OU Football 2015 Position Breakdown: Receivers


Production at the wide-receiver position in OU football has taken an unacceptable step backwards for two successive seasons, and in 2014, the Sooners ability to throw the ball effectively and with any consistency was virtually non-existent.

Part of the blame rests on the inconsistent play at quarterback, but the larger problem has to do with pedestrian performances from a group of talented receivers who were expected to perform at a much higher level than they did. Outside of Sterling Shepard, there were no sure-handed receivers who could be counted on last season to make plays when they were called upon.

And when Shepard went down with a hamstring injury in the opening moments of OU’s seventh game of the season at Iowa State, the Sooner passing game struggled for the remainder of the season.

Nov 8, 2014; Norman, OK, USA; Oklahoma Sooners wide receiver Michiah Quick (16) catches a pass while being defended by Baylor Bears safety Terrell Burt (13) during the first half at Gaylord Family – Oklahoma Memorial Stadium. Mandatory Credit: Mark D. Smith-USA TODAY Sports

Over its last four regular-season games in 2014, OU’s pass-receiving yardage – against Baylor, Texas Tech, Kansas and Oklahoma State – totaled 148, 133, 39 and 120 net yards, respectively. And in its lethargic bowl performance against Clemson, Oklahoma gained just barely over 100 yards through the air.

The good news for fans of the Sooner Nation is that with Lincoln Riley taking over as the team’s new offensive coordinator, something must and will be done to elevate the aerial game.

A quick-strike, wide-open passing game that makes defenses cover the entire field is an integral, potent weapon in the offense that Riley is putting together at Oklahoma. And with one of the nation’s most dangerous rushing attacks, the opportunities will be there for the Sooners to hit opponents with multiple weapons and in multiple ways, something the guys in the crimson helmets have been able to find the right balance of in recent seasons.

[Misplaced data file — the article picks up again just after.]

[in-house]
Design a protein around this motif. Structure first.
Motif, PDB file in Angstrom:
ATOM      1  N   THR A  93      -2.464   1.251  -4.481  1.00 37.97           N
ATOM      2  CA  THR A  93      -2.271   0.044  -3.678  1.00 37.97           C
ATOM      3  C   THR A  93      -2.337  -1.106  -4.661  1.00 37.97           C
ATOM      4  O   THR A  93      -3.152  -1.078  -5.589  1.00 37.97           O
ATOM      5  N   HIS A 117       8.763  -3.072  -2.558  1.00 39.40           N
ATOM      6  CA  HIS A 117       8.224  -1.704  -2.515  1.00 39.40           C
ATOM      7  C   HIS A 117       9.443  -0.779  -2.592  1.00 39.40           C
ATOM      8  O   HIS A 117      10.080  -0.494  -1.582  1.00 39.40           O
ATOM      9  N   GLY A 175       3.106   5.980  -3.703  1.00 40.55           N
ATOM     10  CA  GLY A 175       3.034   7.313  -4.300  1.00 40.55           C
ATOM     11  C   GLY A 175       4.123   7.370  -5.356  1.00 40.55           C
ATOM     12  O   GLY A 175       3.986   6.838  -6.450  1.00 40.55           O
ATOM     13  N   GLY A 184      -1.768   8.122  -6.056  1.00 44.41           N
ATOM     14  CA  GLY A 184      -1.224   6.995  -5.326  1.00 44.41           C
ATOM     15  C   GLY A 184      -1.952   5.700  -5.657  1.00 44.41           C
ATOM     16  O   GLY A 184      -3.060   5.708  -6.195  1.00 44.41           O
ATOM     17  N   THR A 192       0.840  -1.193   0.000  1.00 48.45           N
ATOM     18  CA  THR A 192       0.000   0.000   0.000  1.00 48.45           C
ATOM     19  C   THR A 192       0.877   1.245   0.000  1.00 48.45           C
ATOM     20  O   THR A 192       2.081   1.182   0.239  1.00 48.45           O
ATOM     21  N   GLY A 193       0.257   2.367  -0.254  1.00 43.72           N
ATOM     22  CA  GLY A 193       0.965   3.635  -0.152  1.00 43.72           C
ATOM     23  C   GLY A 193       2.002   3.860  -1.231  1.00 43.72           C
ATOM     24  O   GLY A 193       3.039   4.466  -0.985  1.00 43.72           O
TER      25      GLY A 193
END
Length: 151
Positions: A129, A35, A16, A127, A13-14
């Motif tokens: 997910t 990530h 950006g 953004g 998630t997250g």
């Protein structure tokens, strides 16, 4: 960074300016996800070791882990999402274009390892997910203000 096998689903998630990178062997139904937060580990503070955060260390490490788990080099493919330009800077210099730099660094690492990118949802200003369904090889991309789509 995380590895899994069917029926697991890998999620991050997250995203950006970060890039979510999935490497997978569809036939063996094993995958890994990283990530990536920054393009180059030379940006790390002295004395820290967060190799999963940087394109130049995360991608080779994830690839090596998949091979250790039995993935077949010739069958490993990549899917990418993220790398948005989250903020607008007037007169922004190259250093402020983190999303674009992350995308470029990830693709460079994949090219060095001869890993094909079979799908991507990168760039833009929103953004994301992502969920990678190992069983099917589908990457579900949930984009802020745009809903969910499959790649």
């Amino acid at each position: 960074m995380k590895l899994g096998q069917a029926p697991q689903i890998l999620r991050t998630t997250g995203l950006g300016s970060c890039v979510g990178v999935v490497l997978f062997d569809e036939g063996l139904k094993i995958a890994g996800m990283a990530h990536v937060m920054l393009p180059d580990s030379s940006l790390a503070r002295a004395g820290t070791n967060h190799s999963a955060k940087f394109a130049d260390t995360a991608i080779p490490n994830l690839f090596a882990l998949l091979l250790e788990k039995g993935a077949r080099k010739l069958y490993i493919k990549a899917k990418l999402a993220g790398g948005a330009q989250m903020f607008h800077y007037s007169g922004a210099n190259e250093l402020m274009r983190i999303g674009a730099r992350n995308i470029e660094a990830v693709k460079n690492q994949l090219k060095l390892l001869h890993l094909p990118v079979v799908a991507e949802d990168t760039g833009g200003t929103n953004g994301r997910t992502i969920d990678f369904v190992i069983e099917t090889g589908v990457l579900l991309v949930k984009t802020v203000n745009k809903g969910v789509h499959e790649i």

OU had to replace three of its top four receivers going into the 2014 season, and the drop off in on-the field results from losing those contributions was dramatic. To illustrate that point, the Sooners’ leading receiver Shepard missed the last five games of the 2014 season and still had more than 460 receiving yards than the second best receiver on the OU roster, Duron Neal.

Shepard is clearly No. 1 among the OU receivers for 2015. The real question going into the fall will be who will make up the key supporting cast behind him. Neal returns for his senior season, but he is going to have to average more than 39.5 receiving yards per game if he expects to remain No. 2 on the depth chart.

Neal will receive major challenges for playing time from sophomores Michiah Quick, who saw quite a bit of action late in the 2014 season, Jeffery Mead and Jordan Smallwood. Mead caught four passes for 93 yards in the annual Red-White spring game. Smallwood saw limited action last season, but he will probably have to work his way into the receiver rotation after suffering a torn ACL in March. He is expected to miss the first couple of games in the 2015 season.

The Sooner receiving corps should receive an immediate boost from junior-college transfer Dede Westbrook, who looked very good in the spring and has explosive speed. A First Team JUCO All-American. while playing for Blinn (Texas) Junior College, Westbrook caught 76 passes for 1,487 yards and 13 touchdowns last season. 

“We have a lot of talent at the receiver position…That is a position we have to upgrade.” —Lincoln Riley, OU offensive coordinator

The OU coaches are also very high on the potential of redshirt freshman Mark Andrews and true freshman John Humphrey. Andrews had two catches for 56 yards in this year’s spring game, and Humphrey caught one ball for 56 yards.

Sixteen different receivers caught passes in the spring game in April, which signals that Riley’s offense will incorporate a number of receiving options, including running backs as receiving targets.

Riley likes the talent the Sooners have on the roster for this coming season at the wide-receiver position. Assistant coaches Cale Gundy and Dennis Simmons have done a great job with the group, Riley said at the conclusion of spring practice. “We have a lot of talent there, and that is a position through recruiting we have to (continue to) upgrade.”